Board of Supervisors Place Supervisor Mark Farrell’s Ballot Initiative to Ensure Clean and Safe Parks on the June 2016 Ballot

SAN FRANCISCO – The San Francisco Board of Supervisors voted today to place Supervisor Mark Farrell’s Charter Amendment for the June 7, 2016 election that will guarantee just over $1 billion in new funding for the Recreation and Parks Department over 30-years to ensure clean and safe parks and open spaces across San Francisco.

Board of Supervisors Place Supervisor Mark Farrell’s Ballot Initiative to Ensure Clean and Safe Parks on the June 2016 Ballot
Supervisor Farrell’s initiative will guarantee just over $1 billion over 30-years to create a dedicated and sustainable revenue source for San Francisco’s parks, plazas, and open spaces

 

SAN FRANCISCO – The San Francisco Board of Supervisors voted today to place Supervisor Mark Farrell’s Charter Amendment for the June 7, 2016 election that will guarantee just over $1 billion in new funding for the Recreation and Parks Department over 30-years to ensure clean and safe parks and open spaces across San Francisco.

 

“This June will represent an historic opportunity in San Francisco to both ensure increased funding and financial stability for our park system so the next generation of San Franciscans will inherit vibrant, safe and clean parks in every neighborhood,” said Supervisor Mark Farrell. “As a father of three young children, I can’t wait to fight for this funding, so that families and residents across our City can see needed improvements in their neighborhood parks to include everything from fixing the broken swing, to creating more programming options, to better maintaining all the park assets we currently enjoy.”

 

In 2000, San Francisco voters created the City’s Open Space Fund that passed with 89% of the vote. The Open Space Fund sets aside $2.5 cents of tax due on $100 of property value into an account dedicated for parks and open spaces needs and was intended to be in addition to, and not in place of funds that are normally budgeted to the Recreation and Parks Department through the City’s General Fund. Unfortunately, the promise of additional revenue from the Open Space Fund has not kept up with the Recreation and Parks Department needs for critical infrastructure improvements, maintenance, and new open space acquisitions.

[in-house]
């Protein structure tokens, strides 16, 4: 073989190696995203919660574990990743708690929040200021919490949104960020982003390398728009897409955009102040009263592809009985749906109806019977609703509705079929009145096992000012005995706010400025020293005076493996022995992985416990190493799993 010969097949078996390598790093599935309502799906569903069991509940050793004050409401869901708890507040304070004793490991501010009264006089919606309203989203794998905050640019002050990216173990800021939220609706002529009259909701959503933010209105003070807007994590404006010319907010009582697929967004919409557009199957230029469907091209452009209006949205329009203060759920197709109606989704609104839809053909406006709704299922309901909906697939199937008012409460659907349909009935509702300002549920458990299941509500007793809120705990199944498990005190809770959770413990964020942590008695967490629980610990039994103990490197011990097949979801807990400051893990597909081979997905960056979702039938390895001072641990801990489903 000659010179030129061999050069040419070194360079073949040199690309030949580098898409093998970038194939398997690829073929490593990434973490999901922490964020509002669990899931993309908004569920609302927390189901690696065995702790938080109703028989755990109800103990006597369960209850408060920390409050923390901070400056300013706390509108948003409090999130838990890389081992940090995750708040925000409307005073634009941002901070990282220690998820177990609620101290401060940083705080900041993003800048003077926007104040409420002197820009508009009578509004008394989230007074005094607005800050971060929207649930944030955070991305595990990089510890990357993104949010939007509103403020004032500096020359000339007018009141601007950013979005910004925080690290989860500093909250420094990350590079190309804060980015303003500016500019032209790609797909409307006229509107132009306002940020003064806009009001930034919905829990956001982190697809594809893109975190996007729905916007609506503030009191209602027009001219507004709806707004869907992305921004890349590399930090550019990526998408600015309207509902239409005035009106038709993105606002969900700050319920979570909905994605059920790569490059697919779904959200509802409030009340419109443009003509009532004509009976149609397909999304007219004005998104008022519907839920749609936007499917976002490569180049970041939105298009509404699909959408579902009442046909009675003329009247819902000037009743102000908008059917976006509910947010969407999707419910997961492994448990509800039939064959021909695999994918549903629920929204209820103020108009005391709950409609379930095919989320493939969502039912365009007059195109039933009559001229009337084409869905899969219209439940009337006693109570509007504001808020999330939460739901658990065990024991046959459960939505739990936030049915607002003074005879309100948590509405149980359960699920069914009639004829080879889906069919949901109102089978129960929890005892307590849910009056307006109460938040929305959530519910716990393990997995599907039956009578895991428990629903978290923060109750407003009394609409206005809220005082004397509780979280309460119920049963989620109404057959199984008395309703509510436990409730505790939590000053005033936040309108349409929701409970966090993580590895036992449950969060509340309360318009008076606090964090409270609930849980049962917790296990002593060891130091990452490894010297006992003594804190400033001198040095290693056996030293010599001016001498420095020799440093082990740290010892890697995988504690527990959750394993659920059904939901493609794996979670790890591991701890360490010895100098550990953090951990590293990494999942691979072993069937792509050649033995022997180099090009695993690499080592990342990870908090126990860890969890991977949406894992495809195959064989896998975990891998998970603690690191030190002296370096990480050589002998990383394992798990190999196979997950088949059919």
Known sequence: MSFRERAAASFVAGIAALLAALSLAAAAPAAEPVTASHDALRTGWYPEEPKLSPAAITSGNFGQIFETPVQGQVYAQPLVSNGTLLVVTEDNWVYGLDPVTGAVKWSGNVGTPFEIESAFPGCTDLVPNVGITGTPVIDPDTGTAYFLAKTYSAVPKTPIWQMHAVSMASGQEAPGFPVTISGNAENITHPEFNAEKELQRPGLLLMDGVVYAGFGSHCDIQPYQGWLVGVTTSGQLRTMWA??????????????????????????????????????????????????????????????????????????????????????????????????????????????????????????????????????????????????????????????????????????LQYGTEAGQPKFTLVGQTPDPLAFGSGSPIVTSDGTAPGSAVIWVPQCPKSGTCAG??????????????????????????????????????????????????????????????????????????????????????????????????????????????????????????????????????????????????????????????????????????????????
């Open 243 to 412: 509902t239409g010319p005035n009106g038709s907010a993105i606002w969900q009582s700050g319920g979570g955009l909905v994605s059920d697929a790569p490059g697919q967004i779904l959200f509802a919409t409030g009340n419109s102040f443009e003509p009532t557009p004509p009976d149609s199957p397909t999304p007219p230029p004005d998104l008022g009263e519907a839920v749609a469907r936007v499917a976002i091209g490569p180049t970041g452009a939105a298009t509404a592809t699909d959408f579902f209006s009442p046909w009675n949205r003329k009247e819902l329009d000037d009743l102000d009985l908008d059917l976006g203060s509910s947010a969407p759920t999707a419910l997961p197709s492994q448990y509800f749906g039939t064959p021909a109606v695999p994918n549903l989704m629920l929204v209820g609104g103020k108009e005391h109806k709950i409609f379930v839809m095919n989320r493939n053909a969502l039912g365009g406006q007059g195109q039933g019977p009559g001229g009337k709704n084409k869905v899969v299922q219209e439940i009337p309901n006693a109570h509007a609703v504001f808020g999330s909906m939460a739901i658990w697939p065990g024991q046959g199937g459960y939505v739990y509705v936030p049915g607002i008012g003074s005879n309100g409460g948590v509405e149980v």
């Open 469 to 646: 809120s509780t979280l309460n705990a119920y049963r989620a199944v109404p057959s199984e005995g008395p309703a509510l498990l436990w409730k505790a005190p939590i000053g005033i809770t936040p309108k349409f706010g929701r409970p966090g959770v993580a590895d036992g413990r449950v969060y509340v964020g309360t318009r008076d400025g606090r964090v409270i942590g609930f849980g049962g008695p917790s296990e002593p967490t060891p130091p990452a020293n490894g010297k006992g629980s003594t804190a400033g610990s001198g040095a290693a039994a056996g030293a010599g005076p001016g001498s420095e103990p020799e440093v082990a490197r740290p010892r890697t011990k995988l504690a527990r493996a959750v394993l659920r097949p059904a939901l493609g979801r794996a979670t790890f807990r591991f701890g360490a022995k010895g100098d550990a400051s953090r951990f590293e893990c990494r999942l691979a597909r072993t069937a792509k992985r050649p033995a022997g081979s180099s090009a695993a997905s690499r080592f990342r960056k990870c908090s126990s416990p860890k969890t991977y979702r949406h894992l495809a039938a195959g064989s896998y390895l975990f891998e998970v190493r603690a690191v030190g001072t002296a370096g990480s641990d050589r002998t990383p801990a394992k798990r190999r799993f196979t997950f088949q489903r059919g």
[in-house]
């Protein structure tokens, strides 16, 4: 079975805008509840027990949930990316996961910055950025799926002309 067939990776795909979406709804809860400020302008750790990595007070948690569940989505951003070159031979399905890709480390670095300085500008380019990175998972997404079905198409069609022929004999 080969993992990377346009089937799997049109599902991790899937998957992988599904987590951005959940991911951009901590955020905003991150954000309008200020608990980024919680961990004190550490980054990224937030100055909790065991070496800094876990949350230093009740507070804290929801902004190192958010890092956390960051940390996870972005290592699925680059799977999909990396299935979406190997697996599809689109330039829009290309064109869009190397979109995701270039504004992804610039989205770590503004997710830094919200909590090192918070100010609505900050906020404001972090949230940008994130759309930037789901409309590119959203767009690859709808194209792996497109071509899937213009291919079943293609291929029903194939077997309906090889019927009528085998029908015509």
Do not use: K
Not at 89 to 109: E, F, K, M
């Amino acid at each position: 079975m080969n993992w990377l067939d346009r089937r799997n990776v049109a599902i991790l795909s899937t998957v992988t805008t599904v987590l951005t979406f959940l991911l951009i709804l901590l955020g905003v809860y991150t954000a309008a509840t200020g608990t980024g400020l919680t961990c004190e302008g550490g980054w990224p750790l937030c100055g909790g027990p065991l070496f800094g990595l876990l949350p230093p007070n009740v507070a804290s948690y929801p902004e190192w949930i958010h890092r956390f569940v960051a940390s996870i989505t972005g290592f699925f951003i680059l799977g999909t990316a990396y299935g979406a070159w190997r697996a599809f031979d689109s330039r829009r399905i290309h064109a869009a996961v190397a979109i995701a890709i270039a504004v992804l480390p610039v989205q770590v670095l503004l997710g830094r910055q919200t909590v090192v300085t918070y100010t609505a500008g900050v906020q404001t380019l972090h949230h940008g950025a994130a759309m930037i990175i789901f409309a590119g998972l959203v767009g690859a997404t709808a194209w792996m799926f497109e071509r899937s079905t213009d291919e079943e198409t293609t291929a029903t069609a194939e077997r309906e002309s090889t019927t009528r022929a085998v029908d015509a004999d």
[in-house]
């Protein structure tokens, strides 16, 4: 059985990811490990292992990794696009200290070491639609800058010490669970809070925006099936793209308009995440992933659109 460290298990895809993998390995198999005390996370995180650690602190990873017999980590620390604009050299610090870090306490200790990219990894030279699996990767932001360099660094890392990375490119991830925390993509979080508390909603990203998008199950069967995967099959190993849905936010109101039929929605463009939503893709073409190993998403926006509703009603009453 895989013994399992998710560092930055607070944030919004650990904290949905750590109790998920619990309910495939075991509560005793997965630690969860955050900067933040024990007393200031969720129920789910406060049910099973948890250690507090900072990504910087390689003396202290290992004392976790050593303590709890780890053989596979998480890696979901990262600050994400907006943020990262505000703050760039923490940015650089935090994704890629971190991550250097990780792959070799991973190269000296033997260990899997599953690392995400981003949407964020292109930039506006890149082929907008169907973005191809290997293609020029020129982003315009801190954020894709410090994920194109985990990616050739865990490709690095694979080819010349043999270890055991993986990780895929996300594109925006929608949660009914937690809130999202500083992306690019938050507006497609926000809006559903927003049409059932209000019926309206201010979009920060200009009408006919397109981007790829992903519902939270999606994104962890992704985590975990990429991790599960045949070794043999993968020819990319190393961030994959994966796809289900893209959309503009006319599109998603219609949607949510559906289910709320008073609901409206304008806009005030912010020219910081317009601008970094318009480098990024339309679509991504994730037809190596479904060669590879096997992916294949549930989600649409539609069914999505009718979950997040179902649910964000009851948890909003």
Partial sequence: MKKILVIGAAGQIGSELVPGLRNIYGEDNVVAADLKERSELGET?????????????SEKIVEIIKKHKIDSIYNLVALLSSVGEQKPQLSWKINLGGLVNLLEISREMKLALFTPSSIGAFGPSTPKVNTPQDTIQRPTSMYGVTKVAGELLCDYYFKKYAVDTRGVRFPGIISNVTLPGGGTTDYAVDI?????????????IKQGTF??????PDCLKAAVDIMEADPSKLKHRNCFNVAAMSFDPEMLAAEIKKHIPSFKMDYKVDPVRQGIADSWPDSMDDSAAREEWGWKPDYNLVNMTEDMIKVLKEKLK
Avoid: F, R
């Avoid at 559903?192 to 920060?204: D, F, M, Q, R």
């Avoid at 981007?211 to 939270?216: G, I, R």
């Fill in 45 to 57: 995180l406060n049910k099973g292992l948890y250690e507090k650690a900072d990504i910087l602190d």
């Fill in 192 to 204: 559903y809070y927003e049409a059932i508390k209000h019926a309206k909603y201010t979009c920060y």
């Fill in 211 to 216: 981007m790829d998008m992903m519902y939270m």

The City’s Open Space Fund was set to expire in 15-years, and Supervisor Farrell’s initiative would extend the fund for 30-years until 2045-46. Under Supervisor Farrell’s proposal, the General Fund contributions to the Recreation and Park Department will gradually increase over time and mandate that funding levels to the Department not drop below the 2015-16 General Fund contribution levels to the Department.

 

“We are deeply grateful to Supervisor Farrell, and the broad coalition behind this measure, for supporting sustainable funding for parks and recreation programming,” said Recreation and Parks Department General Manager Phil Ginsburg. “A stable budget means we can consistently provide quality programs, parks and facilities to all San Franciscans.”

 

“San Franciscans are passionate about their parks, playgrounds, and open spaces,” said Matt O’Grady, Chief Executive Officer of the San Francisco Parks Alliance. “This measure provides the stable, protected revenue needed to ensure every resident has access to clean, safe, fun and beautiful parks and recreation system in every neighborhood.”

 

Recent analysis from the San Francisco Parks Alliance shows how overall funding for the Recreation and Parks Department has not kept pace even during a period when San Francisco’s local economy is strong. In 2000, the Recreation and Parks Department received 2.1 percent of the General Fund, and in fiscal year 2014-15, the Department only received 1.3 percent of the General Fund. Over the last 15-years, San Francisco’s budget has grown by 45 percent, but the Department’s budget has only grown by 30 percent.

 

Recent analysis from the Controller’s office also clearly shows the issues that need to be addressed in San Francisco’s parks and open spaces system. The Recreation and Parks Department maintenance program is nearly entirely request or emergency driven, with 99% of work orders in fiscal year 2013-14 devoted to completing over 15,000 individual requests and emergency driven jobs. Graffiti, plumbing, and equipment requests were the most common request types for this past year. Additionally, less than 1% of structural maintenance staff time was available this past year for preventative maintenance work. The report found that this imbalance between request, emergency, and preventative maintenance will degrade the condition of the department’s assets over time without more funding to address the various needs. 

 

“Parks enhance the quality of life for our residents and provide numerous economic and health benefits – they deserve a sustainable revenue source to ensure that our world-class parks system continues to shine,” said Supervisor Mark Farrell. 

 

In true consensus fashion, Supervisor Farrell worked closely with the San Francisco Parks Alliance, community members, park advocates, and Supervisor John Avalos to further amend the legislation in multiple committee hearings to guarantee significantly more dedicated funding than initially proposed and to create new accountability, equity, and transparency measures tied to the new funding and the Department’s long-term plans and operations. The changes described above represent over 15 separate amendments to the initial proposal since it was introduced that strengthen the legislation and reflect the diversity of parks priorities on the Board of Supervisors and in the public.

 

Supervisor Farrell’s initiative will now be placed on the June 7, 2016 ballot, and will need above 50% of the vote to pass.

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